Air pollution india tops world in bad air quality kanpur, delhi among top 15, mumbai 4th most polluted megacity gaston y la agrupacion santa fe

The report states that 9 in 10 people in the world breathe polluted air. In a statement, it said 7 million people die every year because of outdoor and household air pollution. “Ambient air pollution alone caused some 4.2 million deaths in 2016, while household air pollution from cooking with polluting fuels and technologies caused an estimated 3.8 million deaths in the same period,” it said.

WHO highlighted that air pollution is mainly responsible for non-communicable diseases (NCDs), causing an estimated one-quarter (24%) of all adult deaths from heart disease, 25% from stroke, 43% from chronic obstructive pulmonary disease and 29% from lung cancer.

The organisation stressed that although its report provides air quality data from more than 4,300 cities and towns in 108 countries, there was an unevenness in the information received, with a dire lack of data from Africa and parts of the Western Pacific region. Only eight of the 47 countries in Africa provided air quality information about one or more of their cities. And while the database listed information on 181 Indian cities, it provided data for only nine Chinese cities.

The WHO’s collected annual mean concentrations of fine particulate matter (PM10 and PM2.5) includes pollutants, such as sulphate, nitrates and black carbon, which pose the greatest risks to human health. Major sources of air pollution from particulate matter include the inefficient use of energy by households, industry, the agriculture and transport sectors, and coal-fired power plants. In some regions, sand and desert dust, waste burning and deforestation are additional sources of air pollution.

The data source for Delhi is mainly from the Central Pollution Control Board (CPCB) (about 10 stations), although for the years 2015 and 2016 WHO also considered data from ministry of earth sciences (MoES) and US Environment Protection Agency’s (EPA) Air Now. This may have also influenced the air pollution concentrations for 2015 and 2016, experts said.

“With improved air quality monitoring, we are beginning to understand the depth and spread of the air pollution problem in India. While Delhi is at the crossroads and is expected to bend the curve post 2016, other pollution hot spots are proliferating across the country,” said Anumita Roy Chowdhury, executive director, Centre for Science and Environment (CSE).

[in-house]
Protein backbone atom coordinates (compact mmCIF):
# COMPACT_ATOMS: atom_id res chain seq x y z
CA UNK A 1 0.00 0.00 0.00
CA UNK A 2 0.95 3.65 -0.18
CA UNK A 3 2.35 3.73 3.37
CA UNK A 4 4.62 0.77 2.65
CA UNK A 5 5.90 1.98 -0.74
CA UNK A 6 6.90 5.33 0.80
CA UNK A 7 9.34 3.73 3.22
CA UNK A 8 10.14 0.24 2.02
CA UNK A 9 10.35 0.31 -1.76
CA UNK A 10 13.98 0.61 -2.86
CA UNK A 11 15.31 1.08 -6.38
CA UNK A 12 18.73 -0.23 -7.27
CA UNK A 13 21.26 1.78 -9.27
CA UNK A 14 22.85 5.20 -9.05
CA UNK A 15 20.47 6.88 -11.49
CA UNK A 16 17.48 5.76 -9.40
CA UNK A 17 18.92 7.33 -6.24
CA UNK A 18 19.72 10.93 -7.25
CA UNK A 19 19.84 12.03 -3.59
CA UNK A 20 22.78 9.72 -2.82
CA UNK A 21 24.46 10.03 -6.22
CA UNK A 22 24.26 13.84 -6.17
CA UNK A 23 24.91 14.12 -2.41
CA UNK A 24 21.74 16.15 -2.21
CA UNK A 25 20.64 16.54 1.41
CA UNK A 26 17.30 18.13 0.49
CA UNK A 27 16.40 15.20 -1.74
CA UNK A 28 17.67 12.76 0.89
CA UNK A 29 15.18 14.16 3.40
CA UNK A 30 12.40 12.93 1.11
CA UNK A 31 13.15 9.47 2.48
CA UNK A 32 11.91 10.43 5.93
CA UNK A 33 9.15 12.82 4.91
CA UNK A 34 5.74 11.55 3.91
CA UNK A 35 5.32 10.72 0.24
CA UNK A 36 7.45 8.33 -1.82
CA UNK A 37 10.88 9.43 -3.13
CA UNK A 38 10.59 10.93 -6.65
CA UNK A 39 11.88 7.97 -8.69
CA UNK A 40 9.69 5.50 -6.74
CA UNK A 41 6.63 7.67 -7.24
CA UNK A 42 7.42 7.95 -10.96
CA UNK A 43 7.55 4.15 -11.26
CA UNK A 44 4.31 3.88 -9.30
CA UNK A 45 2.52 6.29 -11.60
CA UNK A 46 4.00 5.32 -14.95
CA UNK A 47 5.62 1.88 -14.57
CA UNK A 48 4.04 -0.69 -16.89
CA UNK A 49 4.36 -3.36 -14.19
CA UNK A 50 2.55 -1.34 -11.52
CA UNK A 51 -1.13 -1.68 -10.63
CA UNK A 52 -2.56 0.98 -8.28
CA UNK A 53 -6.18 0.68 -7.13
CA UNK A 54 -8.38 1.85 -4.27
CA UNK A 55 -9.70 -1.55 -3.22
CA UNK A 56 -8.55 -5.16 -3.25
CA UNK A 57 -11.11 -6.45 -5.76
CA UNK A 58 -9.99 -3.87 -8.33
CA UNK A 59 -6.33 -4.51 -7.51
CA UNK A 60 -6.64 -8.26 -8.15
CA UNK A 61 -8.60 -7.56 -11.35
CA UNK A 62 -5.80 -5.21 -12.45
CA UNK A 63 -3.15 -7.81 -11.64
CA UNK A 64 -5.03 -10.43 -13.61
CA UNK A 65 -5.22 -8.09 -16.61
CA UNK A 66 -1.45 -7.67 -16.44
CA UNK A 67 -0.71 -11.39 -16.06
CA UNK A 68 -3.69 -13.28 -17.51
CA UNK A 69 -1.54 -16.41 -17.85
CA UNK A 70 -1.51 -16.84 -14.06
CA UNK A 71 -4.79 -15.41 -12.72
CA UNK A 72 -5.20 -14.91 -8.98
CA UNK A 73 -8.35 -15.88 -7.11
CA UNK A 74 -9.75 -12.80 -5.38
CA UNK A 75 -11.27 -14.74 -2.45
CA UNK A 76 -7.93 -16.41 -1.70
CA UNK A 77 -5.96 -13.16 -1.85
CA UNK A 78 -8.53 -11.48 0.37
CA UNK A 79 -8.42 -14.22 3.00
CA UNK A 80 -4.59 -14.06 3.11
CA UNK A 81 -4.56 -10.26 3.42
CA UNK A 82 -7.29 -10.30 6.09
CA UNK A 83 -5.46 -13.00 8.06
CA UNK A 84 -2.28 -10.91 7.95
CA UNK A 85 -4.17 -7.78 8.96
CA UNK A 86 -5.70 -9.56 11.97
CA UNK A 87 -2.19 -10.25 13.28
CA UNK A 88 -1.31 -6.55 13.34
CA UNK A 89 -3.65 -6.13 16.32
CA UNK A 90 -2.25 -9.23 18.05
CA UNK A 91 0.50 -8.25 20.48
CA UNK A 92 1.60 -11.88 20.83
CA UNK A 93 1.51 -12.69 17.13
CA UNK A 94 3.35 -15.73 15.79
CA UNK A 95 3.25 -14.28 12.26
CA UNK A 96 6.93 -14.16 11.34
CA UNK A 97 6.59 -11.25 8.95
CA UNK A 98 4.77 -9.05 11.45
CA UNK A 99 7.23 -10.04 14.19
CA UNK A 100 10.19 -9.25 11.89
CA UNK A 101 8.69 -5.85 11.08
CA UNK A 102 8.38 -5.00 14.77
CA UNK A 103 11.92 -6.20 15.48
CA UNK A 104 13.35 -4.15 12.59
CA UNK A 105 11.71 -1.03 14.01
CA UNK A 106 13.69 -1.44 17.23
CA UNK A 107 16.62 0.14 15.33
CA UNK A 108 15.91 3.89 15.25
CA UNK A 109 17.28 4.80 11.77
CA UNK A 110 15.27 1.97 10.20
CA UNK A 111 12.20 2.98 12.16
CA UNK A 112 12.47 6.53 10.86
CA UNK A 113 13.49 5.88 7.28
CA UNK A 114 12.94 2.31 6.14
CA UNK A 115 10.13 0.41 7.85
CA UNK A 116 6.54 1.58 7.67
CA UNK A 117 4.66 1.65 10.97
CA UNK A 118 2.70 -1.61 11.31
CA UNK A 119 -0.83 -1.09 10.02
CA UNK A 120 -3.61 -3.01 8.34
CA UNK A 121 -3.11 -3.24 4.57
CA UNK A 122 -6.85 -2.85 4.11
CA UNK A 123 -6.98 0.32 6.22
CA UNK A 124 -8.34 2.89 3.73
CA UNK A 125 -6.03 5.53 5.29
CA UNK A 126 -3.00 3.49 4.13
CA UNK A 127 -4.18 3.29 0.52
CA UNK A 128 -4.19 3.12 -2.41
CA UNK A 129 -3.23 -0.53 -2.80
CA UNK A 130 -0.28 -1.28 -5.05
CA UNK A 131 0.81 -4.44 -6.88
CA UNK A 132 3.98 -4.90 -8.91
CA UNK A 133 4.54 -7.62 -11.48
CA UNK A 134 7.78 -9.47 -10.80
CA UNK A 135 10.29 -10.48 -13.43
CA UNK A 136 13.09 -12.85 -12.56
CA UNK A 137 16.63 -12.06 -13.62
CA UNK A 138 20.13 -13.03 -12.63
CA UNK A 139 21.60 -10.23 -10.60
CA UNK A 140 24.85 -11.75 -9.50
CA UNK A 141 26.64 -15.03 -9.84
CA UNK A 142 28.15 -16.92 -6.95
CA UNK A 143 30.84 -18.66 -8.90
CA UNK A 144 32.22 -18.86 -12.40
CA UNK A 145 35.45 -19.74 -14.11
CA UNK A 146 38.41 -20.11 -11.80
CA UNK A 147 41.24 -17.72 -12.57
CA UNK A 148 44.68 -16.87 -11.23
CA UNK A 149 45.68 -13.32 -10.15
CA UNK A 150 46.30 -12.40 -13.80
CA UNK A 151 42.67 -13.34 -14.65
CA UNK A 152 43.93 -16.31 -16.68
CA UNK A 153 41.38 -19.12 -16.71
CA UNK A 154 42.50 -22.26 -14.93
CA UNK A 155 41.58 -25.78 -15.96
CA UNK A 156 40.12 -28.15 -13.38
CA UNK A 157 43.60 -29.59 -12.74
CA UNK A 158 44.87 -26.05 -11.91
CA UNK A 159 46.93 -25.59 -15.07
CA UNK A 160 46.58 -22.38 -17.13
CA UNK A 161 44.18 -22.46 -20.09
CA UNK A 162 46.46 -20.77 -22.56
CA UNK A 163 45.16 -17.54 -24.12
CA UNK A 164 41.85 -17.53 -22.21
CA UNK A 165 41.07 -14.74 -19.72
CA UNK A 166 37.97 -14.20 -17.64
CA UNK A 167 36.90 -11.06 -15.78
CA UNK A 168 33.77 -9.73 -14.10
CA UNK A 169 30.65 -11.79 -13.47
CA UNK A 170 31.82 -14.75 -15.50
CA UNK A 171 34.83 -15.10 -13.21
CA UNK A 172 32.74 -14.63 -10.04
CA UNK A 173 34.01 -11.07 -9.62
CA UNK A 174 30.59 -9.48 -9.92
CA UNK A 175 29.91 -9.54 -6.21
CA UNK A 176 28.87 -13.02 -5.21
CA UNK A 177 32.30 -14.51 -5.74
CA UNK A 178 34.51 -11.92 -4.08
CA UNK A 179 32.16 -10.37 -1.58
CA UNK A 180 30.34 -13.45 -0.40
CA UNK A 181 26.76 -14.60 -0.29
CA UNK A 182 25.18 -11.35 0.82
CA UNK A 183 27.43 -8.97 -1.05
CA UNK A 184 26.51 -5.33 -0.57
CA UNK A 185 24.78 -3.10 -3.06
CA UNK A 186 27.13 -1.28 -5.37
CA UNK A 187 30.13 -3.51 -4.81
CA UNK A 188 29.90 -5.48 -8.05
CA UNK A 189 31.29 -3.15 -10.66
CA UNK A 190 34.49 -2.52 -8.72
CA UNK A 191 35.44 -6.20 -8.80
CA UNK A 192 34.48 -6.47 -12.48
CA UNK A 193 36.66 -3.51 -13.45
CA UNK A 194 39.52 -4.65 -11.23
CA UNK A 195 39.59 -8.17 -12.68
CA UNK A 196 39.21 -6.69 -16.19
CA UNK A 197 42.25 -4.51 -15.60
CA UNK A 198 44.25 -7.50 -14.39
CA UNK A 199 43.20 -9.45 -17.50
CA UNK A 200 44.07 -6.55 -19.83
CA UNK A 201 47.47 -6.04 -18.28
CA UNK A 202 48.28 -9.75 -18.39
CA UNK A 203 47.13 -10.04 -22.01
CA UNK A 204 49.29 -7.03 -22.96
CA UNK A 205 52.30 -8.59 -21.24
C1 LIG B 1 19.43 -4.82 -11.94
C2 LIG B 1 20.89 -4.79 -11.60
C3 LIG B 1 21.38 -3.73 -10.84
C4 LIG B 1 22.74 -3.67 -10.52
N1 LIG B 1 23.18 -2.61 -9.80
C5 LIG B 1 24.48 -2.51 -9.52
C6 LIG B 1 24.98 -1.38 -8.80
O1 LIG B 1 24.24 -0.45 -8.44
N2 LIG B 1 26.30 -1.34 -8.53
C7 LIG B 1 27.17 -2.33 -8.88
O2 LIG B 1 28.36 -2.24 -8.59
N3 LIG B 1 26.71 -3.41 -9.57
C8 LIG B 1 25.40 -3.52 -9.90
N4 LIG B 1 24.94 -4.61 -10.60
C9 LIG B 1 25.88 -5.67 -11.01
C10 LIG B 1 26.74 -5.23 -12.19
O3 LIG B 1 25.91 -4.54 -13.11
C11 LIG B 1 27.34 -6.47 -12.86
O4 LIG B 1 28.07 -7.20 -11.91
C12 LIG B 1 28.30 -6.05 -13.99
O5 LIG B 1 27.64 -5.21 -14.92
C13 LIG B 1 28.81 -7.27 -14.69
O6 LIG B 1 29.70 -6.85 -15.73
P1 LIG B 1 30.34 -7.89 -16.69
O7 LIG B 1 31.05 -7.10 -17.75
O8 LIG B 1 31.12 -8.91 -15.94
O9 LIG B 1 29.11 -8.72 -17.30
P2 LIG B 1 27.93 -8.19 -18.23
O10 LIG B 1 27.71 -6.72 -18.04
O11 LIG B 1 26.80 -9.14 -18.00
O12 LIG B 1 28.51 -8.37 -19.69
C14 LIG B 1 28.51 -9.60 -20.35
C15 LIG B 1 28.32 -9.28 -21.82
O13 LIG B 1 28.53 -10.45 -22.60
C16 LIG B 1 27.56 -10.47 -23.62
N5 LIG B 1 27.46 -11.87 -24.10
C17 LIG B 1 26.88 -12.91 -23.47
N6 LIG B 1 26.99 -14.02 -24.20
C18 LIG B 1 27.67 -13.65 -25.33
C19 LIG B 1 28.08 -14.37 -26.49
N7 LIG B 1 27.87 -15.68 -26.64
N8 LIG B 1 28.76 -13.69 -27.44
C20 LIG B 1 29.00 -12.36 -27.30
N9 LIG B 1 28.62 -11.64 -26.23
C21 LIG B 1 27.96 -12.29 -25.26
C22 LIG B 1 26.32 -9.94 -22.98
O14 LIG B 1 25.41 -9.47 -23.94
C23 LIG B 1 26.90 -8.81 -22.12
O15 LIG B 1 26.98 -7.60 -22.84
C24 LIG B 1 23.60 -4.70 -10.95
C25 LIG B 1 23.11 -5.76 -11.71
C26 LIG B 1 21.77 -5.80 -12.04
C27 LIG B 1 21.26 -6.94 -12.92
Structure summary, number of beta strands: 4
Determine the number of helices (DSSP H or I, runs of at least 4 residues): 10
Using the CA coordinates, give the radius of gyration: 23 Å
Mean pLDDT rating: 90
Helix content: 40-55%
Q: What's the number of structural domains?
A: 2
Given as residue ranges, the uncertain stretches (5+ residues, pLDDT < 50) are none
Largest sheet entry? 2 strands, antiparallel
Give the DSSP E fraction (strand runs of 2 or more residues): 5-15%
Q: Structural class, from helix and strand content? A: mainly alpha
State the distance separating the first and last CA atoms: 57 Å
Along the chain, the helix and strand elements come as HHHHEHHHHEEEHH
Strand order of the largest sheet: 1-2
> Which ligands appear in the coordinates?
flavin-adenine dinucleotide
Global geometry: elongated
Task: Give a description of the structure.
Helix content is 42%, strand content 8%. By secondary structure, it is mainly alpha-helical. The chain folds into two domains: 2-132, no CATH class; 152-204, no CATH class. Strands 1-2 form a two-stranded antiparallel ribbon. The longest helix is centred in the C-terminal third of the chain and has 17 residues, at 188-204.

In 2010, Delhi was the worst polluted city globally followed by Peshawar and Rawalpindi. Agra was the only other Indian city in the top 10 polluted (PM 2.5) cities, in 2011 too Delhi and Agra were the only two Indian cities and Ulaanbaatar was the worst.

But this started changing 2012 onward when 14 out of top 20 most polluted were in India. In 2013, 2014 and 2015 too, four to seven Indian cities were in top 20. But in the 2016 data released on Wednesday, 14 out of 15 most polluted are in India.

A number of policies came into effect towards the end of 2016 – the graded response action plan (GRAP) in October, doubling of the environment compensation charge (ECC) on trucks in December 2015 and better coordination among NCR states on pollution control.

Experts are not sure what may have led to a sudden spike in Delhi’s pollution levels in 2015 and 2016. “In 2015 and 2016, there were northwesterly winds in the crop burning season which brought particulate pollution from neighbouring states. These meteorological factors may have also accentuated air pollution in Delhi," said Dipankar Saha, former CPCB air lab head.

Delhi and Beijing are often compared due to their high air pollution levels and policies like the odd-even road rationing measure or air pollution emergency action plan. However, WHO’s recent data shows that Beijing’s air pollution levels have been consistently reducing 2013 onwards.

In 2016, Beijing’s PM 2.5 concentration was 73 micrograms per cubic metre compared to Delhi’s 143. “There are cities that have seen a decrease in PM2.5 level, Beijing and Mexico, if you look at the data. China has put a number of measures since 2013, from a National Action Plan of Air pollution Control, enforcement of environmental standards etc,” WHO said, responding to TOI’s questionnaire.

Mumbai’s air pollution is nearly as bad as Beijing’s, but the city is not paying the required attention to this problem and that is alarming. It is time Mumbai woke up to the situation and took responsibility and react with the sort of urgency Bejing has reacted and how even Delhi is preparing to respond to its growing pollution,” said Sunil Dahiya, senior campaigner, Greenpeace.

Quite a few factors contribute to Mumbai’s high air pollution levels. “Construction activity accounts for about 30% of dust particles, followed by vehicular emissions. In addition, open burning of garbage occurs in the city, adding to pollution,” said Rakesh Kumar, director, National Environmental Engineering and Research Institute (NEERI).

“Nevertheless, the Indian subcontinent cannot be directly compared with other regions of the world. Being in a tropical country, Indian cities have a lot of background pollutants like natural dust. This is why Indian cities have recorded higher level of pollutants (on the WHO list).”

In Maharashtra, polluted cities include Pune, Navi Mumbai and Nagpur (not in that order). For Mumbai, WHO used data provided by the Maharashtra Pollution Control Board from its monitoring stations in Sion and Bandra and monitoring stations by System of Air Quality Weather Forecasting and Research (SAFAR).